Mad cow detected in blood

August 29, 2005

Researchers at the University of Texas Medical Branch at Galveston have found a way to detect mad cow disease in blood.

The discovery is expected to lead to a much more effective detection method for the infectious proteins responsible for brain-destroying disorders, such as bovine spongiform encephalopathy, or BSE in cattle and variant Creutzfeldt-Jakob disease, or vCJD in humans.

The blood test would make it much easier to keep BSE-infected beef out of the human food supply, ensure that blood transfusions and organ transplants do not transmit vCJD, and give researchers their first chance to figure out how many people may be incubating the disease, according to senior author Claudio Soto.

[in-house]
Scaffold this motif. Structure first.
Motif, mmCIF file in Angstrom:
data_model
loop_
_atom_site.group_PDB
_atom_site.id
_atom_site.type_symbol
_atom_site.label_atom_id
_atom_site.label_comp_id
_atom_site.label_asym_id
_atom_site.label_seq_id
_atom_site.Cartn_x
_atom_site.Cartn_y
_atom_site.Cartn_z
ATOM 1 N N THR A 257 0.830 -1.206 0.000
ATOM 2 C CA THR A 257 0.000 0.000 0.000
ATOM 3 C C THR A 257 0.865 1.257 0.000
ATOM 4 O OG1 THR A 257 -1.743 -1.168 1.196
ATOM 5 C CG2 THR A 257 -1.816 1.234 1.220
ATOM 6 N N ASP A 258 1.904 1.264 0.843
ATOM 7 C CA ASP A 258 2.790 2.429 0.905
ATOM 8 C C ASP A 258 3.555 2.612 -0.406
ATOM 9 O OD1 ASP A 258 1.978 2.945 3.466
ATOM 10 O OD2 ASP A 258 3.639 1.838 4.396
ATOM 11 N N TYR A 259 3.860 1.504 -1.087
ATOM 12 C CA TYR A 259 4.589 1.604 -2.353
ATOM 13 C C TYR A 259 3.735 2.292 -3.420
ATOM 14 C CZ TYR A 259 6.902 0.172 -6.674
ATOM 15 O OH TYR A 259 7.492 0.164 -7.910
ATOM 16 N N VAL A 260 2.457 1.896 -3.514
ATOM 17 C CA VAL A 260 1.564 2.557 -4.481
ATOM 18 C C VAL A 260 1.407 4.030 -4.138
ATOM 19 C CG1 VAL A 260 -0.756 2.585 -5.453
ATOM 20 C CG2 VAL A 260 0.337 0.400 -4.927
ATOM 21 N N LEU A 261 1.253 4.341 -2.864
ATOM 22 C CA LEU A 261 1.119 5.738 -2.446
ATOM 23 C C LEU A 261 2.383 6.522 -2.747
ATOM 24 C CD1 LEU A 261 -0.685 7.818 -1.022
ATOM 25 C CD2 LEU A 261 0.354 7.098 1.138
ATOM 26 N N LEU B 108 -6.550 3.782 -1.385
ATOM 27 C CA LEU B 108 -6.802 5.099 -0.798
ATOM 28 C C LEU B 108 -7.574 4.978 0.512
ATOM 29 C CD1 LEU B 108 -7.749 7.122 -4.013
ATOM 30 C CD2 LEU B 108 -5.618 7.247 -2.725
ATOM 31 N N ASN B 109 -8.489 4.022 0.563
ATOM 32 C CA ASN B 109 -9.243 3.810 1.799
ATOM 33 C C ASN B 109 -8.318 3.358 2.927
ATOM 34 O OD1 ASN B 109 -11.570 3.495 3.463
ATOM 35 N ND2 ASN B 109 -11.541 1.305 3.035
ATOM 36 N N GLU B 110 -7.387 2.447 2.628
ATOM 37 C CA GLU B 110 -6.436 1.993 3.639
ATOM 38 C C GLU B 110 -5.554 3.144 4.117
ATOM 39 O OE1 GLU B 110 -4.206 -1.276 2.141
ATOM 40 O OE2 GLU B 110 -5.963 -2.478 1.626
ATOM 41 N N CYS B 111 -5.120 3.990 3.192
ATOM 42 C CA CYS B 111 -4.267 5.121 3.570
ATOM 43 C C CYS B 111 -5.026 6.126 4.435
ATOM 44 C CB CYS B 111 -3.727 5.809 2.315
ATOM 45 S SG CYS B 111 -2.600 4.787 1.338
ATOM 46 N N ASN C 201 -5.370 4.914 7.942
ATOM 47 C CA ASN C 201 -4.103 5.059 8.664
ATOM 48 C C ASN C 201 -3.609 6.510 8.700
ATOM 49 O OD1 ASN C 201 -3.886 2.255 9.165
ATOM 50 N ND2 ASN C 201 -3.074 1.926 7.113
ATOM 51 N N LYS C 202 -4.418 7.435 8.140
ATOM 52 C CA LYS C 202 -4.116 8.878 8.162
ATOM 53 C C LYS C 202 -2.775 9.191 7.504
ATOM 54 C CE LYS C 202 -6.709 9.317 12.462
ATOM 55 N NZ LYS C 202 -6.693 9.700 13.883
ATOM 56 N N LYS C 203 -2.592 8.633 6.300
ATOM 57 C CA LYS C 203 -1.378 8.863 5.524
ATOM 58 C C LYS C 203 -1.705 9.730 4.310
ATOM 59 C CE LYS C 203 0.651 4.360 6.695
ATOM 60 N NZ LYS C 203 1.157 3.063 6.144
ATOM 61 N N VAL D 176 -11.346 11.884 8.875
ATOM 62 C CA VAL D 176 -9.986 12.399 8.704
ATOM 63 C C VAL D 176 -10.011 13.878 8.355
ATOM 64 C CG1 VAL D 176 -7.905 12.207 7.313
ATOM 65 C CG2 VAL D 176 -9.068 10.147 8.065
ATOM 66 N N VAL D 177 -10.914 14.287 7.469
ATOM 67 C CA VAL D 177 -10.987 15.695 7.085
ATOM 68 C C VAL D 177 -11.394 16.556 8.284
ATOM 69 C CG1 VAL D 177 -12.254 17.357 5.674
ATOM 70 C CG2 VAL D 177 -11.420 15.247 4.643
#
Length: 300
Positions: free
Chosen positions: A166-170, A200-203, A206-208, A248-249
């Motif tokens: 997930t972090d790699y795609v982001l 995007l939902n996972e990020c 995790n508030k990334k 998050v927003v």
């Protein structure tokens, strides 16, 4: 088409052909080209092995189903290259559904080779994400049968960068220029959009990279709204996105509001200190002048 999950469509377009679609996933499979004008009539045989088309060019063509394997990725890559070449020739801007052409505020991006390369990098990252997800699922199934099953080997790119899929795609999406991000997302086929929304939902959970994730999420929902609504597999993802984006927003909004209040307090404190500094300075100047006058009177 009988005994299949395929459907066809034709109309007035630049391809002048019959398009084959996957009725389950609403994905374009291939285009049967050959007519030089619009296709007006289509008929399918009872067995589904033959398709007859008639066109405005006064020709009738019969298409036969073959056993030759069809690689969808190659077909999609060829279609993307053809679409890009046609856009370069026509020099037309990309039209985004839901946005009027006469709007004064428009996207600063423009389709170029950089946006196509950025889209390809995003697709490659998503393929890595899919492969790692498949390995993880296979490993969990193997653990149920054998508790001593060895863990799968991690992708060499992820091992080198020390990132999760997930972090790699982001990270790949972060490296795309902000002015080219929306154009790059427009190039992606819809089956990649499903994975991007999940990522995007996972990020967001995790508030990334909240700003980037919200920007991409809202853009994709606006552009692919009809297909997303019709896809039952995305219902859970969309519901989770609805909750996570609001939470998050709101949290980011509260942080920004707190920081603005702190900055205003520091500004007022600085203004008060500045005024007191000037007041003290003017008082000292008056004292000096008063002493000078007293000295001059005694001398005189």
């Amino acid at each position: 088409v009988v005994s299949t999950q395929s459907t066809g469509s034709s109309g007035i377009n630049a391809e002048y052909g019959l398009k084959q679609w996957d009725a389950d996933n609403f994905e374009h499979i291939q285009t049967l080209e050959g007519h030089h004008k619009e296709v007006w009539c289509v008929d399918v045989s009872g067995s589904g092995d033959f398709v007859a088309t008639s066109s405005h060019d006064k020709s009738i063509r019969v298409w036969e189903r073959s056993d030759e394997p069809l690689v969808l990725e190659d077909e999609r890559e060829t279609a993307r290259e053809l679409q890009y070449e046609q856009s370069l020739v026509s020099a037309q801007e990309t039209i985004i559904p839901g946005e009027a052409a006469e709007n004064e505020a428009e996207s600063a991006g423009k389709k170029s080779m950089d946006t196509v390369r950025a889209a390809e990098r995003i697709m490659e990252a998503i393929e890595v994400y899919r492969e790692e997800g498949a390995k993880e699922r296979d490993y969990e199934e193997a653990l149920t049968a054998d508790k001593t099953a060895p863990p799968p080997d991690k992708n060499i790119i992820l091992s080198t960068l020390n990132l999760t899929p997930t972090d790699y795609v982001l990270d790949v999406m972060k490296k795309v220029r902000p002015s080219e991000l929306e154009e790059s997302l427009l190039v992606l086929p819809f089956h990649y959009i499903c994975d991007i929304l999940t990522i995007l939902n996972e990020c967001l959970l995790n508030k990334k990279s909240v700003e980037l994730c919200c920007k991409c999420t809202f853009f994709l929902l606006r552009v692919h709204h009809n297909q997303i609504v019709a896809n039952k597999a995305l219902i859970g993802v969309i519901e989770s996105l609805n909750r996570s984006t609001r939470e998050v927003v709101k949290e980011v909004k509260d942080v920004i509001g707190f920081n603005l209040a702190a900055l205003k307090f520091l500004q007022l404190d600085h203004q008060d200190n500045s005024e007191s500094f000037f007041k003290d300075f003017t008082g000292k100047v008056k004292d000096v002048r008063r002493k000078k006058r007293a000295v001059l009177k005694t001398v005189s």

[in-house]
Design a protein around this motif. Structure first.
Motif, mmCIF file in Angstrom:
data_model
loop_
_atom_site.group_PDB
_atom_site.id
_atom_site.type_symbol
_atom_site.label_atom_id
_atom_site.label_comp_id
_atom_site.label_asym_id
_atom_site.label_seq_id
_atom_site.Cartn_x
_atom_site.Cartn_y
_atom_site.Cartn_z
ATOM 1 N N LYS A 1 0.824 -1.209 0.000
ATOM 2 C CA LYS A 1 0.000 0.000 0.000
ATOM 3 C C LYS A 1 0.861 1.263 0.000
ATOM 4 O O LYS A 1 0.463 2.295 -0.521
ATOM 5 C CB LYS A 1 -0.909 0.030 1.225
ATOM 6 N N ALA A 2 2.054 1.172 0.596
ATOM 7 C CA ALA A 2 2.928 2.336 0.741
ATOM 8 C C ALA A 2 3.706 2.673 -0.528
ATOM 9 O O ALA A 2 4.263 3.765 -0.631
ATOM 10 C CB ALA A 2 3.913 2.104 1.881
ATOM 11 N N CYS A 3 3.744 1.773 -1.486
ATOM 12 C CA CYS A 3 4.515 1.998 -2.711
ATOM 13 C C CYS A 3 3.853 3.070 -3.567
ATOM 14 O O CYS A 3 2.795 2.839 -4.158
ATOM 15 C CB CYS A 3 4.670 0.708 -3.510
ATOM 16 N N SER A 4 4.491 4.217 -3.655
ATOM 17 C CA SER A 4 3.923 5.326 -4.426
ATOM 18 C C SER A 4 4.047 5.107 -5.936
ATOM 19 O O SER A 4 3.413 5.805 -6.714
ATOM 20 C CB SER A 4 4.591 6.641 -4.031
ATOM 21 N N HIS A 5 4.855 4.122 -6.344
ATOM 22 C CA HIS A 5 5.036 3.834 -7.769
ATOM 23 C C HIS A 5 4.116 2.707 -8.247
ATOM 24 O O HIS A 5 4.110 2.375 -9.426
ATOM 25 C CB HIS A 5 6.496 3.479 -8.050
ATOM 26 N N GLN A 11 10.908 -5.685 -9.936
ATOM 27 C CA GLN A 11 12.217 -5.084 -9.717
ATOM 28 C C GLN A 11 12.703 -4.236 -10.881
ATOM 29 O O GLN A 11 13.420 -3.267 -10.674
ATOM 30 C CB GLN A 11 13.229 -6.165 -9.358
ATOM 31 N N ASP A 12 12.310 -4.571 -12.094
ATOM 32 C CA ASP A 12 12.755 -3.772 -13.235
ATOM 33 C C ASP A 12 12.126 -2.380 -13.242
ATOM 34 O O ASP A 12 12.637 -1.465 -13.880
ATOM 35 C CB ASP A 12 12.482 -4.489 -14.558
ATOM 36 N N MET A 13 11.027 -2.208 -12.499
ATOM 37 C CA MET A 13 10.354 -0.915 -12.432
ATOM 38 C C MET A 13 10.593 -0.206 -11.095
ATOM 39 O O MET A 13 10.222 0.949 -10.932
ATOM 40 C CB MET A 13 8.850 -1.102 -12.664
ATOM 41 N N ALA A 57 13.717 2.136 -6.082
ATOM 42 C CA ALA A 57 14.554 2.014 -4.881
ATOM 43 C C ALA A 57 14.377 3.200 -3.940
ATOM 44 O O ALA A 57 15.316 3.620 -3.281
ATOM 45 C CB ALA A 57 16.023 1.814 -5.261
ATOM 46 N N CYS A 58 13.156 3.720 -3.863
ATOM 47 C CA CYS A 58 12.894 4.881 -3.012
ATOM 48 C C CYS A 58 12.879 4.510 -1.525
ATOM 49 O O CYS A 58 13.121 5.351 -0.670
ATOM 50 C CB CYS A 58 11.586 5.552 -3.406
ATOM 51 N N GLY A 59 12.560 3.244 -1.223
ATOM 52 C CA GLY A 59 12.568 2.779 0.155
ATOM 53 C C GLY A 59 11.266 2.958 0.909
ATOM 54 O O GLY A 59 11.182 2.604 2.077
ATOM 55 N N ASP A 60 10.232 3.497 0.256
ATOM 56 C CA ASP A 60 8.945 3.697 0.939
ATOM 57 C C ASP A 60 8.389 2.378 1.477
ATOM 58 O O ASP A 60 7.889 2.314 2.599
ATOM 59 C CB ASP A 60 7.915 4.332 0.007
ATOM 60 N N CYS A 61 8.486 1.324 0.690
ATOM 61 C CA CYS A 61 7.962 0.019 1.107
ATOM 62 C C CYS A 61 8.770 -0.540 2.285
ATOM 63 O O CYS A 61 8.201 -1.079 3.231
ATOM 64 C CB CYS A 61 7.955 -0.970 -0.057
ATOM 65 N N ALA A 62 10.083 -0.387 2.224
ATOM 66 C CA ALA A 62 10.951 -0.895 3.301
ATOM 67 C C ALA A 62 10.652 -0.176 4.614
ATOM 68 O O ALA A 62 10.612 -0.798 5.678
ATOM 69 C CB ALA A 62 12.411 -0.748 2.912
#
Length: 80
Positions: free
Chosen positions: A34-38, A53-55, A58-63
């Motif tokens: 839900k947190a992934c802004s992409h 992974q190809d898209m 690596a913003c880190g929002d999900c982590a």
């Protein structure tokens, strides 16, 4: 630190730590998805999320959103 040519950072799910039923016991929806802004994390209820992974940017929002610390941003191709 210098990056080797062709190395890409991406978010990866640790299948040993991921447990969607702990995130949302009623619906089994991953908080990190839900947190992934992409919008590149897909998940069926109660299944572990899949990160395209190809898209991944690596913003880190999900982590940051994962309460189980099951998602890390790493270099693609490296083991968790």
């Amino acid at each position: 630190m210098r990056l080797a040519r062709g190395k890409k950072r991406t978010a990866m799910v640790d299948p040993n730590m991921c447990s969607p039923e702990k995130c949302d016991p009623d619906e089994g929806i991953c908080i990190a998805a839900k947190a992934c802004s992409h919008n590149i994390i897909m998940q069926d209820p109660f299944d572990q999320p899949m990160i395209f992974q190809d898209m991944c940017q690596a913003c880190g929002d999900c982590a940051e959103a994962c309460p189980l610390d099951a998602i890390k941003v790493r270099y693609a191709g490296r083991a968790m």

"The concentration of infectious prion protein in blood is far too small to be detected by the methods used to detect it in the brain, but we know it's still enough to spread the disease," said Soto. "The key to our success was developing a technique that would amplify the quantity of this protein more than 10 million-fold, raising it to a detectable level."

The findings appear online in Nature Medicine.

Copyright 2005 by United Press International

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